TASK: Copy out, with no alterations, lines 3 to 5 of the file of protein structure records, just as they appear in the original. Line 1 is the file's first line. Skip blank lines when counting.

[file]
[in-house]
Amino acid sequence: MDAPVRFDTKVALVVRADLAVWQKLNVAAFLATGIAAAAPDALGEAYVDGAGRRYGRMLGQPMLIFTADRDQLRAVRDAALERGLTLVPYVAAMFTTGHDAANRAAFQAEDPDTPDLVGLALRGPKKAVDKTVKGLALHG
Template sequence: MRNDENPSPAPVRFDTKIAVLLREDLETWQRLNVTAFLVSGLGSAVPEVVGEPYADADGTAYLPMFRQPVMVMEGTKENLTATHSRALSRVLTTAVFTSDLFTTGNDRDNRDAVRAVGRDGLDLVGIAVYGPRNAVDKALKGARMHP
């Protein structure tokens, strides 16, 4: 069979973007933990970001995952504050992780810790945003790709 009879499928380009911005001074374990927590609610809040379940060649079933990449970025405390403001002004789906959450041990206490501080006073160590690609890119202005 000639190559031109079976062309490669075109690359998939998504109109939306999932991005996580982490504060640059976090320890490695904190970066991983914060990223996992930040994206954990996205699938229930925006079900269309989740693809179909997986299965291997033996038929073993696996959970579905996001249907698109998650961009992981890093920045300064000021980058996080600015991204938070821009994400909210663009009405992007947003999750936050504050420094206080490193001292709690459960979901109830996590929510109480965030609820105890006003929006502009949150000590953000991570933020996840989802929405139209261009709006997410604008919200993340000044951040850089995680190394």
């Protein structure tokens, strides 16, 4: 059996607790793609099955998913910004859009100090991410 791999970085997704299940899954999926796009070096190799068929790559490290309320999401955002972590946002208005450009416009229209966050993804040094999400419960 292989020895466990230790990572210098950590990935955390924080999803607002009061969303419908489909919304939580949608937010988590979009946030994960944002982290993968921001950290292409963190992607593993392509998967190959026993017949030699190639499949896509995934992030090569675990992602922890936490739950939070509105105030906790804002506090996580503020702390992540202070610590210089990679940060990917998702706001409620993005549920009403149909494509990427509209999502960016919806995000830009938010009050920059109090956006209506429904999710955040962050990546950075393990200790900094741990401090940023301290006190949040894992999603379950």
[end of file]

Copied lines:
Template sequence: MRNDENPSPAPVRFDTKIAVLLREDLETWQRLNVTAFLVSGLGSAVPEVVGEPYADADGTAYLPMFRQPVMVMEGTKENLTATHSRALSRVLTTAVFTSDLFTTGNDRDNRDAVRAVGRDGLDLVGIAVYGPRNAVDKALKGARMHP
């Protein structure tokens, strides 16, 4: 069979973007933990970001995952504050992780810790945003790709 009879499928380009911005001074374990927590609610809040379940060649079933990449970025405390403001002004789906959450041990206490501080006073160590690609890119202005 000639190559031109079976062309490669075109690359998939998504109109939306999932991005996580982490504060640059976090320890490695904190970066991983914060990223996992930040994206954990996205699938229930925006079900269309989740693809179909997986299965291997033996038929073993696996959970579905996001249907698109998650961009992981890093920045300064000021980058996080600015991204938070821009994400909210663009009405992007947003999750936050504050420094206080490193001292709690459960979901109830996590929510109480965030609820105890006003929006502009949150000590953000991570933020996840989802929405139209261009709006997410604008919200993340000044951040850089995680190394």
């Protein structure tokens, strides 16, 4: 059996607790793609099955998913910004859009100090991410 791999970085997704299940899954999926796009070096190799068929790559490290309320999401955002972590946002208005450009416009229209966050993804040094999400419960 292989020895466990230790990572210098950590990935955390924080999803607002009061969303419908489909919304939580949608937010988590979009946030994960944002982290993968921001950290292409963190992607593993392509998967190959026993017949030699190639499949896509995934992030090569675990992602922890936490739950939070509105105030906790804002506090996580503020702390992540202070610590210089990679940060990917998702706001409620993005549920009403149909494509990427509209999502960016919806995000830009938010009050920059109090956006209506429904999710955040962050990546950075393990200790900094741990401090940023301290006190949040894992999603379950």